The motto of the father of the nation was faith unity and discipline, and this was the crux of his nation-building ideology. He wanted us to live as proud Muslims in a homeland for the Muslims and not become the persecuted minority of undivided India.
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He never intended Pakistan to become a theocracy and he categorically stated it. Prime Minister Modi is perhaps showcasing what the Quaid-e-Azam had the foresight to envision, over seven decades earlier. Modi is narrowing the space for Muslims in India. In recent news, in Karanataka state’s Government P U College for Girls in Udupi, Muslim girl students were asked to stand outside the classroom for wearing hijab. Speaking the Urdu language and greeting Salam are additionally banned. This is an infringement of basic human rights, including their religious and civil rights. Girls who wish to continue their education will have to abandon their religious practices and cultural heritage to assimilate and be accepted in the Indian academic environment.
This is what the Quaid was saving us from. Faith from the perspective of theology was never his goal. Quaid’s motto of “faith” was all about the sociological, cultural, anthropological, political, and economic dimensions of faith. He then stressed unity for what good is a crowd, unless it becomes a nation. The father of the nation’s early demise had tragic consequences for Pakistan as nation-building could not be undertaken, with the result that ethnic divides plague us even today and have caused us to lose the eastern wing in a humiliating military defeat. As Muslims, we are commanded by Prophet Muhammad (PBUH) to stay united. This aspect of faith is an inconvenient truth, which is completely ignored. The greatest beneficiaries of tribalism, parochialism, and sectarianism are political leaders, hence they reinforce these destructive ideologies. Discipline remains our greatest failing. We have no concept of self-regulation as a nation. Might makes right and people act wilfully, with no one guiding them about proper conduct. If social media is to serve as the barometer for civilized behaviour, then the behaviour of men and women on Pakistani Facebook groups can only be abhorred.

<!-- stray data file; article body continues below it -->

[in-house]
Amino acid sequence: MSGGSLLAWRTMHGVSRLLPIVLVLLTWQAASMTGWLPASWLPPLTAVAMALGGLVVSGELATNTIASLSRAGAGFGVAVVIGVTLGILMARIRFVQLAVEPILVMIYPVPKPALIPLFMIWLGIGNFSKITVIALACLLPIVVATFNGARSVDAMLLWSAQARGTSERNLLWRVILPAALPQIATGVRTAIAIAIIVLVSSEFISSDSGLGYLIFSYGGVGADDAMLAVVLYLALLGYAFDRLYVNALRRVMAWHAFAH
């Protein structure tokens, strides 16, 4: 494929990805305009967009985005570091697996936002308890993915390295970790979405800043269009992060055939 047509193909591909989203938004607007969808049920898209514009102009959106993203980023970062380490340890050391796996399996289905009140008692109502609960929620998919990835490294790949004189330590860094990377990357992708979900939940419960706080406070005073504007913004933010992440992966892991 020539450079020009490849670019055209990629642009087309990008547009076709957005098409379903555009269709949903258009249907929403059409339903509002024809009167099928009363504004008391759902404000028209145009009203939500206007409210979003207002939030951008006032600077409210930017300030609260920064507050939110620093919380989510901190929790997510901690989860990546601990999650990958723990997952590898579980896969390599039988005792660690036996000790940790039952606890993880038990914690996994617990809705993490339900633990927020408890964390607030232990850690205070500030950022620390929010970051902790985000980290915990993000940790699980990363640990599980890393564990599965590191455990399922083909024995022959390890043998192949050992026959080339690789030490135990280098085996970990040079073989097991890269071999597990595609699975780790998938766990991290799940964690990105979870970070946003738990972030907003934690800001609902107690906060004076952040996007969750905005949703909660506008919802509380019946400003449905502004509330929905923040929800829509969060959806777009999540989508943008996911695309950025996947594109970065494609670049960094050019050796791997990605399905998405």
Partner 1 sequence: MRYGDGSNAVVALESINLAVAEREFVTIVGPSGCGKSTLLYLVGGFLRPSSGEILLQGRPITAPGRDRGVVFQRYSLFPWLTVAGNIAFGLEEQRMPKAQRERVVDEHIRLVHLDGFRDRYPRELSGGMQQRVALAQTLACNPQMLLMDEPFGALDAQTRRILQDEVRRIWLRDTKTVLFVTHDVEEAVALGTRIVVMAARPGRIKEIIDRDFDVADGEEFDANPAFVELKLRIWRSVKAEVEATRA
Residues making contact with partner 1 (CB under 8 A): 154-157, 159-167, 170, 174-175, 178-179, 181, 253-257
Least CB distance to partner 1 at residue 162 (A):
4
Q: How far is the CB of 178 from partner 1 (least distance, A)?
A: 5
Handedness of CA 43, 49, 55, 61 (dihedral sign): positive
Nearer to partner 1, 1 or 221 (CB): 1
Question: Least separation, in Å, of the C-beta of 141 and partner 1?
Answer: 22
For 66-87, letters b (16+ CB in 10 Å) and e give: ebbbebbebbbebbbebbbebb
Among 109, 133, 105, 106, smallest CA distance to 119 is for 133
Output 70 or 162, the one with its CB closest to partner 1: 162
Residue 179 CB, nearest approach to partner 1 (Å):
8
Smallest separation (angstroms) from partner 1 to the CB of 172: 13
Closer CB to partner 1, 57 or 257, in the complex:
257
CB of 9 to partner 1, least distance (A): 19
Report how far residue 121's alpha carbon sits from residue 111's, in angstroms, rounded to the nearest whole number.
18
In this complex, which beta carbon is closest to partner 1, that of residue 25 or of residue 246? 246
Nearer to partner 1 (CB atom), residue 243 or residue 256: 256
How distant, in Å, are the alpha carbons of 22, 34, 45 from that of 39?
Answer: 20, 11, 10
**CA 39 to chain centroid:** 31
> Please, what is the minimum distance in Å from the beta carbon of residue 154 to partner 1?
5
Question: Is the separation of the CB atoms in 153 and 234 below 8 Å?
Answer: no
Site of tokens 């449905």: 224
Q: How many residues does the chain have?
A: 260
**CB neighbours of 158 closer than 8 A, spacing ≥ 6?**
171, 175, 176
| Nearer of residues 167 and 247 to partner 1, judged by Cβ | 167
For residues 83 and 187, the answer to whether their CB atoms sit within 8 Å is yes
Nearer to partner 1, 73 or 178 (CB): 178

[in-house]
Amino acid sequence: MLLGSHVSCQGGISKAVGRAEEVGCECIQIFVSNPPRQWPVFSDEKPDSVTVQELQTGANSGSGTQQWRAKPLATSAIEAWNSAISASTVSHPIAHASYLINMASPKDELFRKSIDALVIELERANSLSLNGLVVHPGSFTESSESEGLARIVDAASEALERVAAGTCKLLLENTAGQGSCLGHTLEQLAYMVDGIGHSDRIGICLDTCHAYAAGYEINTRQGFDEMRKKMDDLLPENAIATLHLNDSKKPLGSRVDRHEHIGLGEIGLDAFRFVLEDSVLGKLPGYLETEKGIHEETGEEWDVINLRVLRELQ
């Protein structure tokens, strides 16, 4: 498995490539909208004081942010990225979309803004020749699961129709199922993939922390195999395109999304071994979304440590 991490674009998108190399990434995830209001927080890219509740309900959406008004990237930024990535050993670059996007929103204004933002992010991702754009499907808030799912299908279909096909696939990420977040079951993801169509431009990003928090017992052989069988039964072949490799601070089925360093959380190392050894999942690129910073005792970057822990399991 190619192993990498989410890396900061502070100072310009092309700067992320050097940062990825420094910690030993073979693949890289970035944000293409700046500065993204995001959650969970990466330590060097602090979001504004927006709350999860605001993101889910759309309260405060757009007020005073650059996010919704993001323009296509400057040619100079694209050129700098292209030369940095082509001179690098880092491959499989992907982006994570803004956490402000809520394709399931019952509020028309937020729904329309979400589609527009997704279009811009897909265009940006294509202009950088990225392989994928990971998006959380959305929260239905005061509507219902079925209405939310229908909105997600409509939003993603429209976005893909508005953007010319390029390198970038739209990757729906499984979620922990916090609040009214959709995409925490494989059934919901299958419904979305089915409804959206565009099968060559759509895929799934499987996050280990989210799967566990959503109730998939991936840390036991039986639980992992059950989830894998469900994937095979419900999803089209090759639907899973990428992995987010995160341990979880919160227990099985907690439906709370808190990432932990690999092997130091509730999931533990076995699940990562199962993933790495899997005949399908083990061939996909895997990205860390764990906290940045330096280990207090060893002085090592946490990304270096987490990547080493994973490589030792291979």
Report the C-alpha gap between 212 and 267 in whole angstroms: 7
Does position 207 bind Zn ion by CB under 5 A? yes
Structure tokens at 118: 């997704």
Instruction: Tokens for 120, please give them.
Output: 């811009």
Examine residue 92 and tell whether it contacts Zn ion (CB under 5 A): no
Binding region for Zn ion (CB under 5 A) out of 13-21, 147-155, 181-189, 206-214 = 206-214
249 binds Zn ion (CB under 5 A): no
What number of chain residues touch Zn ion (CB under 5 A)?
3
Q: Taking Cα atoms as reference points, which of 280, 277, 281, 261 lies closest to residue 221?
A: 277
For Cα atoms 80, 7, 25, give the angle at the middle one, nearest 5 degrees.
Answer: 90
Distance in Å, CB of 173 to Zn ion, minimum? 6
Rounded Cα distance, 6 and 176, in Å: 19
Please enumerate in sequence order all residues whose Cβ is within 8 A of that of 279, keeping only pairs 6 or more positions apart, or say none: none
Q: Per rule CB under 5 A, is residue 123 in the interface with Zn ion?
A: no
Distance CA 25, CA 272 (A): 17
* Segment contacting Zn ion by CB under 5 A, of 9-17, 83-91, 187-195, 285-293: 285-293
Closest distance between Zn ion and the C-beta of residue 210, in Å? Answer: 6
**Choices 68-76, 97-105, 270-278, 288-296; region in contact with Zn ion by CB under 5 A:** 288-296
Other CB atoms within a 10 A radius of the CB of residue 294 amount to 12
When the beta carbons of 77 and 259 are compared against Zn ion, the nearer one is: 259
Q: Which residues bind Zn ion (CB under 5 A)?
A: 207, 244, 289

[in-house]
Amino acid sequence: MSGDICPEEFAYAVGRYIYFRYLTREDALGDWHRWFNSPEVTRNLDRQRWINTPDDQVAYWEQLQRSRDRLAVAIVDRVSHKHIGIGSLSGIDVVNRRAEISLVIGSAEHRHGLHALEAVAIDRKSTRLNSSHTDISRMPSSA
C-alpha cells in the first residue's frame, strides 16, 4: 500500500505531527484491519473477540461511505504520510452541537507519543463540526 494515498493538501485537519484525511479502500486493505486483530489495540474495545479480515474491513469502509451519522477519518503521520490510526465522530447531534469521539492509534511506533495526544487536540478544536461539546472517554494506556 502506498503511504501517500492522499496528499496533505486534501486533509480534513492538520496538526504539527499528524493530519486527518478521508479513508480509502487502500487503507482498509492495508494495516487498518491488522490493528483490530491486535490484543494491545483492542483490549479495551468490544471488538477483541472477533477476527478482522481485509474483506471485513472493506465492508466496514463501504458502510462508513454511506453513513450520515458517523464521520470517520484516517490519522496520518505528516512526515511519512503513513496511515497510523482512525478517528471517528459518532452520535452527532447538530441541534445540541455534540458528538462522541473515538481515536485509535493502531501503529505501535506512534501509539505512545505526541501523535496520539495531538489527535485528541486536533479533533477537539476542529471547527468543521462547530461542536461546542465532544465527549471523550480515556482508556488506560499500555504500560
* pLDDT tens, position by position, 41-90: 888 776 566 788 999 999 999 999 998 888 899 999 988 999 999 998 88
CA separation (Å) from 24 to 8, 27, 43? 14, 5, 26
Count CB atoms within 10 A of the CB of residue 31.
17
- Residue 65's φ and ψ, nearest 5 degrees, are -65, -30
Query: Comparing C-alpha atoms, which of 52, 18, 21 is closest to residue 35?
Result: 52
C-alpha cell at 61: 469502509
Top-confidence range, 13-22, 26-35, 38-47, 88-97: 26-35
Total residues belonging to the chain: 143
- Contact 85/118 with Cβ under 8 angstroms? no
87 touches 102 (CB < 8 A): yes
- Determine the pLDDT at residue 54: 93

Disciplining a child is seen as a disservice to him, and encouraging children to be mouthy, willful, and inconsiderate of others, is seen as empowering and confidence building.
On a few women-only Facebook groups I have joined, the women routinely comment and react in ways, which would result in their immediate removal from an American women group. Bullying, mobbing, ridiculing, showing contempt for differing viewpoints, and stooping low with ad hominem attacks are seen as normal behaviour, and why not, since this is how most Pakistanis raise their children. In Pakistan, very rarely do people teach their children proper social conduct. Rude behaviour is rewarded and reinforced in children as assertiveness and confidence. Children are not stopped from misbehaving in other people’s homes as guests.
Parents do not discipline their children seeing that other kids are wilful and so they must not hold back their child from acting likewise. Disciplining a child is seen as a disservice to him, and encouraging children to be mouthy, willful, and inconsiderate of others, is seen as empowering and confidence building. Most Pakistanis completely lack civility in speech and mannerisms. This includes even the highly educated ones with terminal degrees in their field. Every few days, there are clips circulated on social media about the out-of-control behaviour of people holding high positions in the media, government, academia, and almost all other professions. When more than one person is present onscreen on any news or discussion program on television, they talk over one another and do not show even a modicum of civility. Hooliganism is best displayed by parliamentarians, who are the movers and shakers of the country. Religious televangelists and social media preachers are no better. They display atrocious manners and display revolting misogyny in their speech. Self-regulation is key to dignified and civilized conduct.
It lies at the heart of Islamic teachings. An unfettered tongue, an unregulated gaze, and willfulness in the use of oneâ€™s bodyâ€” especially oneâ€™s hands â€” are the main reasons why many people will enter hellfire. Abu Huraira reported: The Messenger of Allah, peace, and blessings be upon him, was asked, â€œWhat admits most people into Paradise?â€ The Prophet said, â€œFear of Allah and good character.â€ It was asked, â€œWhat condemns most people to Hellfire?â€ The Prophet said, â€œThe mouth and the genitals.â€
(Sunan al-TirmidhiÌ” 2004)Amazingly, the vilest speech and the most atrocious conduct are often displayed by women inside the sacred premises of mosques. Raised to run their mouths as weapons against others, to establish dominance, they are so lost in sin, that it does not even occur to them that their acts of worship are nullified by their vile behaviour and that their mosque attendance is buying them a ticket to hellfire. Civility in speech and righteous conduct leads to nobility in character. These are the two elements that constitute our worldly deeds, which will determine our placement in the pecking order of nations in this world and decide our fate on Judgment Day. However, at present, our focus on faith is all about empty rituals.
The latest news from this quarter is that caps and hijabs are being made mandatory for primary school children so that Quranic recitation can be properly conducted. Quranic recitation cannot create better humans, only obeying the relevant Quranic teachings can, but they are an inconvenient truth that is best avoided by Pakistanis.